My Turkish vegetable vendor keeps telling me the joke about the Coptic Christian couple that is stopped at gunpoint, and asked to prove they’re Muslim. The Husband boldly recites a few verses from the bible, and they’re allowed to pass. The wife, when they’re securely away from the roadblock, says “But that was not the Qur’an you cited! Why did you go such a risk?” Answers husband: “because I knew he wouldn’t know the difference – he’s ISIS”.

  10. Great American Satan says

    md @ 5 – I’ll accept that plus. But that just makes the French fuckfaces burning mosques and equating muslim immigration with the holocaust in response to terrorists complicit in the terrorist agenda. And good times were had by all.

  11. EnlightenmentLiberal says

    Religion has undoubtedly served as a potent rallying cry to energize people and is the proximate cause for much of the carnage but is usually not the ultimate cause. If we think that the people doing these acts are doing it only for religious reasons, we are grossly oversimplifying the situation.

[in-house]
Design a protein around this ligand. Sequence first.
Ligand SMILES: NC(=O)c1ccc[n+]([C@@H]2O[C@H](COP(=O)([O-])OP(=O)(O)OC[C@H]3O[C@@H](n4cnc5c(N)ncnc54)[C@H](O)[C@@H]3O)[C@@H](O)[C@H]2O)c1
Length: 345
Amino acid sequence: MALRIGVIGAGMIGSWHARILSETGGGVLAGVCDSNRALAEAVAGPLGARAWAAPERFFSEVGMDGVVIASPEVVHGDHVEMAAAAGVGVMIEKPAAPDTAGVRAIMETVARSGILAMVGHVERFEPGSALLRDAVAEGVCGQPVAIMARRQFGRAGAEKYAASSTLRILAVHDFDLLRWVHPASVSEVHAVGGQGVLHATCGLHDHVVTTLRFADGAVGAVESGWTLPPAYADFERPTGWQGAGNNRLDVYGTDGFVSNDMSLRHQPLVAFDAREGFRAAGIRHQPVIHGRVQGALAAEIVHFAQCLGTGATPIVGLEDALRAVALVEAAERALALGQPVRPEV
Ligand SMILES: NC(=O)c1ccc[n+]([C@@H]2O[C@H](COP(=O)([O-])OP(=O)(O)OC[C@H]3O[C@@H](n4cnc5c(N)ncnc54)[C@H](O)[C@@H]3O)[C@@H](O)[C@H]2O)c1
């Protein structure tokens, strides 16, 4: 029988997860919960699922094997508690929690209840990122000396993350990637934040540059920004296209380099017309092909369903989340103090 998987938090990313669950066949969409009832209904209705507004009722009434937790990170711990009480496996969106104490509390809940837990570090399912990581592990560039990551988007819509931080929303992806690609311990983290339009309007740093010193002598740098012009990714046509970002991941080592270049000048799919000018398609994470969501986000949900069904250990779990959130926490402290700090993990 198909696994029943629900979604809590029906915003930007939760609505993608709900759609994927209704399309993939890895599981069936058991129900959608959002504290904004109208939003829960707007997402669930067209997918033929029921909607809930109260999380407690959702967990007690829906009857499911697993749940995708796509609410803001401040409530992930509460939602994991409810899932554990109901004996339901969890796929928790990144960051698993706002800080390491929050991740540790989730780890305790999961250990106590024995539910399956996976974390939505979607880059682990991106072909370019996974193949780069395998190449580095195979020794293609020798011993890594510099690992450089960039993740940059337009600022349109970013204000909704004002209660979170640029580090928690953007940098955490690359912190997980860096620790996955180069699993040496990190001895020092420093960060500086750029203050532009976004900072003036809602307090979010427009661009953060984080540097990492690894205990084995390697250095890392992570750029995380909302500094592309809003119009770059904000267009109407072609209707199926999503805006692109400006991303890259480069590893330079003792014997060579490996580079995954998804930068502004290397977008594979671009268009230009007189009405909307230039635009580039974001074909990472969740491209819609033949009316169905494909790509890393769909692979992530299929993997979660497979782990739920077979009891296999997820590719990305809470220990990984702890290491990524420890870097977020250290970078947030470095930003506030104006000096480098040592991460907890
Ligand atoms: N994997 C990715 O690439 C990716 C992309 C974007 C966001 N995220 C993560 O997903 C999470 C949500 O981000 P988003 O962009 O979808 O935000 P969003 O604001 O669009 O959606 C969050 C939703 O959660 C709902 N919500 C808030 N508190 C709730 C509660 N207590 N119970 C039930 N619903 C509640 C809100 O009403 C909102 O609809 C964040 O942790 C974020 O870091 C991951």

It is undoubtedly true that things like the recent murders at Charlie Hebdo have a proximate religious cause. Similarly the recent murders of schoolchildren in Pakistan were done by groups that are religiously motivated and hostile to women and education for religious reasons. But that proximate cause could not have been the ultimate reason since these kinds of mass killings are a fairly recent phenomenon in Pakistan that was once set to become a modern state, although its people have always been Muslim. There are real, non-religious grievances at the base of the conflict that have enabled the religious fanatics to dominate the discourse and drive events. The particular evil of religion is that it is often the easiest way to drive people to commit evil acts because, as Voltaire presciently pointed out, “As long as people believe in absurdities, they will continue to commit atrocities.”